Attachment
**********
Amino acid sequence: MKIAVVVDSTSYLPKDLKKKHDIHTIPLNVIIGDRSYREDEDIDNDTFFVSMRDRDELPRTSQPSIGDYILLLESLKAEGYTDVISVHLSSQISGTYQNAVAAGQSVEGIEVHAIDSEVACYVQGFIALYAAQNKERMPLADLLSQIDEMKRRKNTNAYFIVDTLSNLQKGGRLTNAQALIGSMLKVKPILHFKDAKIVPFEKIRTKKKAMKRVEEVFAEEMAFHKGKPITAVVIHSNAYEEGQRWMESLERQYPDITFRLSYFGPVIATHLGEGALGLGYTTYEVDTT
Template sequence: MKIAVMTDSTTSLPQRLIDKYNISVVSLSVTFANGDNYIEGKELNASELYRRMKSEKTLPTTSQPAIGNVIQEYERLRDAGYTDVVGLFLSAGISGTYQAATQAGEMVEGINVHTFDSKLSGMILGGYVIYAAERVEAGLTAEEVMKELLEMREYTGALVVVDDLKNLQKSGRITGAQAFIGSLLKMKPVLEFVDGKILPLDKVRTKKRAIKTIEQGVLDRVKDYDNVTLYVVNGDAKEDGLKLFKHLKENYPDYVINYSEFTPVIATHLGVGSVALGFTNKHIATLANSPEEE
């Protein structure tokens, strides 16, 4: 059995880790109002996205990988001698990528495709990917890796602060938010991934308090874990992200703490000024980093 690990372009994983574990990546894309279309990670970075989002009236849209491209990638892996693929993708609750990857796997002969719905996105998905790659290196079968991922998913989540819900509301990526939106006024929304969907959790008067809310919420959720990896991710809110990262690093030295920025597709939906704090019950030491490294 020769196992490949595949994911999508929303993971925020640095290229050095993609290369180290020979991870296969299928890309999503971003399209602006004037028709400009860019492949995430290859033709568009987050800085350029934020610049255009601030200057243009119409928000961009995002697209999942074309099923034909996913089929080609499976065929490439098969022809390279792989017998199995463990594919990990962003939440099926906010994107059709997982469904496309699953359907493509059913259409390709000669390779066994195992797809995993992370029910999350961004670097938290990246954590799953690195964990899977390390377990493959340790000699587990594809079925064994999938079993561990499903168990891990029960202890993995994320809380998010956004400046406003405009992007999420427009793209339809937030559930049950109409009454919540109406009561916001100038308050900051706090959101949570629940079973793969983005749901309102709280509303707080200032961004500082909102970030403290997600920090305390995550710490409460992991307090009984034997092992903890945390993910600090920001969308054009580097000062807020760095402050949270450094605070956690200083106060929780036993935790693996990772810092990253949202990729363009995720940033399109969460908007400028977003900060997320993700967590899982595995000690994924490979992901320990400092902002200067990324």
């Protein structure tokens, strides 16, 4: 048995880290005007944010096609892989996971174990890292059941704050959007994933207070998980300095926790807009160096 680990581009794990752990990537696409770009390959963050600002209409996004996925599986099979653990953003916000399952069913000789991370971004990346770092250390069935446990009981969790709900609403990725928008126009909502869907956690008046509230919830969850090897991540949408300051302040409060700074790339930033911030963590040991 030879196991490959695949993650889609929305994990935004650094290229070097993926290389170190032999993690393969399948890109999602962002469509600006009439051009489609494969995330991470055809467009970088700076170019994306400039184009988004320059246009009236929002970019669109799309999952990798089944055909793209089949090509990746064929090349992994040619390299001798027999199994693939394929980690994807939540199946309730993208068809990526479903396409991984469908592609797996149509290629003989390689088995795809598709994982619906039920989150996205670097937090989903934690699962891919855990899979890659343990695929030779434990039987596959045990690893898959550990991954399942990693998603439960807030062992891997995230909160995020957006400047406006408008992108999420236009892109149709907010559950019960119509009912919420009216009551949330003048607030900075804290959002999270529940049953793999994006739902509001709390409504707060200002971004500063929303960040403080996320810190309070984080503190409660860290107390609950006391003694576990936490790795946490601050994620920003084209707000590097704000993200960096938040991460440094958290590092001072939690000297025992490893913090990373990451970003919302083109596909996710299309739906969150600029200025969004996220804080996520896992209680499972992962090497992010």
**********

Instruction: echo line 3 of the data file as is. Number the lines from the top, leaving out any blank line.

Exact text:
């Protein structure tokens, strides 16, 4: 059995880790109002996205990988001698990528495709990917890796602060938010991934308090874990992200703490000024980093 690990372009994983574990990546894309279309990670970075989002009236849209491209990638892996693929993708609750990857796997002969719905996105998905790659290196079968991922998913989540819900509301990526939106006024929304969907959790008067809310919420959720990896991710809110990262690093030295920025597709939906704090019950030491490294 020769196992490949595949994911999508929303993971925020640095290229050095993609290369180290020979991870296969299928890309999503971003399209602006004037028709400009860019492949995430290859033709568009987050800085350029934020610049255009601030200057243009119409928000961009995002697209999942074309099923034909996913089929080609499976065929490439098969022809390279792989017998199995463990594919990990962003939440099926906010994107059709997982469904496309699953359907493509059913259409390709000669390779066994195992797809995993992370029910999350961004670097938290990246954590799953690195964990899977390390377990493959340790000699587990594809079925064994999938079993561990499903168990891990029960202890993995994320809380998010956004400046406003405009992007999420427009793209339809937030559930049950109409009454919540109406009561916001100038308050900051706090959101949570629940079973793969983005749901309102709280509303707080200032961004500082909102970030403290997600920090305390995550710490409460992991307090009984034997092992903890945390993910600090920001969308054009580097000062807020760095402050949270450094605070956690200083106060929780036993935790693996990772810092990253949202990729363009995720940033399109969460908007400028977003900060997320993700967590899982595995000690994924490979992901320990400092902002200067990324």